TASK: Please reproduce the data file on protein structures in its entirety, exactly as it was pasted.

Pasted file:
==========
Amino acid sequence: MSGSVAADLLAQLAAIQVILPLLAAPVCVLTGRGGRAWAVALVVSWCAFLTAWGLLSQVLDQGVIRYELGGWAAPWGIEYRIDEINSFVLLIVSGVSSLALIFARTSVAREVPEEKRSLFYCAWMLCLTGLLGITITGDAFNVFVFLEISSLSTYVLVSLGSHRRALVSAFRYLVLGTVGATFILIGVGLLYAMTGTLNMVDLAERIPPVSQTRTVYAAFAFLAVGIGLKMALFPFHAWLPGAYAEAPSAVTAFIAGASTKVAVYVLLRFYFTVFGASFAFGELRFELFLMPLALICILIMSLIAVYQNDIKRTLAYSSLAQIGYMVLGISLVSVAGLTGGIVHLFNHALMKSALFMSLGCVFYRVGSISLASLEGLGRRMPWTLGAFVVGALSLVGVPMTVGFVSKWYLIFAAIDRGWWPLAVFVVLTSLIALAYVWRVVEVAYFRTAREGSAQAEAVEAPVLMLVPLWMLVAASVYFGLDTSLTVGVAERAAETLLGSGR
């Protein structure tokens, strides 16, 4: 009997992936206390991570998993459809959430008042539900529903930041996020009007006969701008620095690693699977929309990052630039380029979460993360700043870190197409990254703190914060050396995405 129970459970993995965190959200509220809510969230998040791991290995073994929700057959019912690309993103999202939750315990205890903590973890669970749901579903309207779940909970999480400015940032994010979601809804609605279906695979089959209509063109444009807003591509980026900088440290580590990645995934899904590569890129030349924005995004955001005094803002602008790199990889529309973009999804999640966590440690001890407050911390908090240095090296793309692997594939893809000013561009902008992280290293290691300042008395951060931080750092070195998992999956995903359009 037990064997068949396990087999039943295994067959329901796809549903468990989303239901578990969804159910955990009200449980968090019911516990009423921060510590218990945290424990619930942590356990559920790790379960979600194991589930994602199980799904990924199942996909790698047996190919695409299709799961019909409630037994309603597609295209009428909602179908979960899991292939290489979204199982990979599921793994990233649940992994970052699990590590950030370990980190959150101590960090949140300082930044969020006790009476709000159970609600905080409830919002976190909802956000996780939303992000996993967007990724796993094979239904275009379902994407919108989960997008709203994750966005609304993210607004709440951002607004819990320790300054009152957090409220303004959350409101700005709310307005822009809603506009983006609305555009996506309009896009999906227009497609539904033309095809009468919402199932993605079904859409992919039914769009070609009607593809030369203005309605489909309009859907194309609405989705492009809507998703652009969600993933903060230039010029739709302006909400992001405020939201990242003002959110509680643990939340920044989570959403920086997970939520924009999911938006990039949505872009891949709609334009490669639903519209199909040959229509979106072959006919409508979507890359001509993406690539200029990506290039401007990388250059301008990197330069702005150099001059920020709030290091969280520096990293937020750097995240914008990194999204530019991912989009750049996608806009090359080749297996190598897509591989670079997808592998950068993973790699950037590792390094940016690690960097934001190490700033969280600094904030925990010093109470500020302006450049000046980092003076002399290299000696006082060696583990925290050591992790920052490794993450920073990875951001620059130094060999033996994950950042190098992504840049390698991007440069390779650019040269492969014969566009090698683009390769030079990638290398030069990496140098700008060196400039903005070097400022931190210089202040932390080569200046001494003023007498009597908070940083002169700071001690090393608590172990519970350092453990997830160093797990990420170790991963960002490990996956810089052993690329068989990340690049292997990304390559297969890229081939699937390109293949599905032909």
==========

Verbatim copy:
Amino acid sequence: MSGSVAADLLAQLAAIQVILPLLAAPVCVLTGRGGRAWAVALVVSWCAFLTAWGLLSQVLDQGVIRYELGGWAAPWGIEYRIDEINSFVLLIVSGVSSLALIFARTSVAREVPEEKRSLFYCAWMLCLTGLLGITITGDAFNVFVFLEISSLSTYVLVSLGSHRRALVSAFRYLVLGTVGATFILIGVGLLYAMTGTLNMVDLAERIPPVSQTRTVYAAFAFLAVGIGLKMALFPFHAWLPGAYAEAPSAVTAFIAGASTKVAVYVLLRFYFTVFGASFAFGELRFELFLMPLALICILIMSLIAVYQNDIKRTLAYSSLAQIGYMVLGISLVSVAGLTGGIVHLFNHALMKSALFMSLGCVFYRVGSISLASLEGLGRRMPWTLGAFVVGALSLVGVPMTVGFVSKWYLIFAAIDRGWWPLAVFVVLTSLIALAYVWRVVEVAYFRTAREGSAQAEAVEAPVLMLVPLWMLVAASVYFGLDTSLTVGVAERAAETLLGSGR
């Protein structure tokens, strides 16, 4: 009997992936206390991570998993459809959430008042539900529903930041996020009007006969701008620095690693699977929309990052630039380029979460993360700043870190197409990254703190914060050396995405 129970459970993995965190959200509220809510969230998040791991290995073994929700057959019912690309993103999202939750315990205890903590973890669970749901579903309207779940909970999480400015940032994010979601809804609605279906695979089959209509063109444009807003591509980026900088440290580590990645995934899904590569890129030349924005995004955001005094803002602008790199990889529309973009999804999640966590440690001890407050911390908090240095090296793309692997594939893809000013561009902008992280290293290691300042008395951060931080750092070195998992999956995903359009 037990064997068949396990087999039943295994067959329901796809549903468990989303239901578990969804159910955990009200449980968090019911516990009423921060510590218990945290424990619930942590356990559920790790379960979600194991589930994602199980799904990924199942996909790698047996190919695409299709799961019909409630037994309603597609295209009428909602179908979960899991292939290489979204199982990979599921793994990233649940992994970052699990590590950030370990980190959150101590960090949140300082930044969020006790009476709000159970609600905080409830919002976190909802956000996780939303992000996993967007990724796993094979239904275009379902994407919108989960997008709203994750966005609304993210607004709440951002607004819990320790300054009152957090409220303004959350409101700005709310307005822009809603506009983006609305555009996506309009896009999906227009497609539904033309095809009468919402199932993605079904859409992919039914769009070609009607593809030369203005309605489909309009859907194309609405989705492009809507998703652009969600993933903060230039010029739709302006909400992001405020939201990242003002959110509680643990939340920044989570959403920086997970939520924009999911938006990039949505872009891949709609334009490669639903519209199909040959229509979106072959006919409508979507890359001509993406690539200029990506290039401007990388250059301008990197330069702005150099001059920020709030290091969280520096990293937020750097995240914008990194999204530019991912989009750049996608806009090359080749297996190598897509591989670079997808592998950068993973790699950037590792390094940016690690960097934001190490700033969280600094904030925990010093109470500020302006450049000046980092003076002399290299000696006082060696583990925290050591992790920052490794993450920073990875951001620059130094060999033996994950950042190098992504840049390698991007440069390779650019040269492969014969566009090698683009390769030079990638290398030069990496140098700008060196400039903005070097400022931190210089202040932390080569200046001494003023007498009597908070940083002169700071001690090393608590172990519970350092453990997830160093797990990420170790991963960002490990996956810089052993690329068989990340690049292997990304390559297969890229081939699937390109293949599905032909």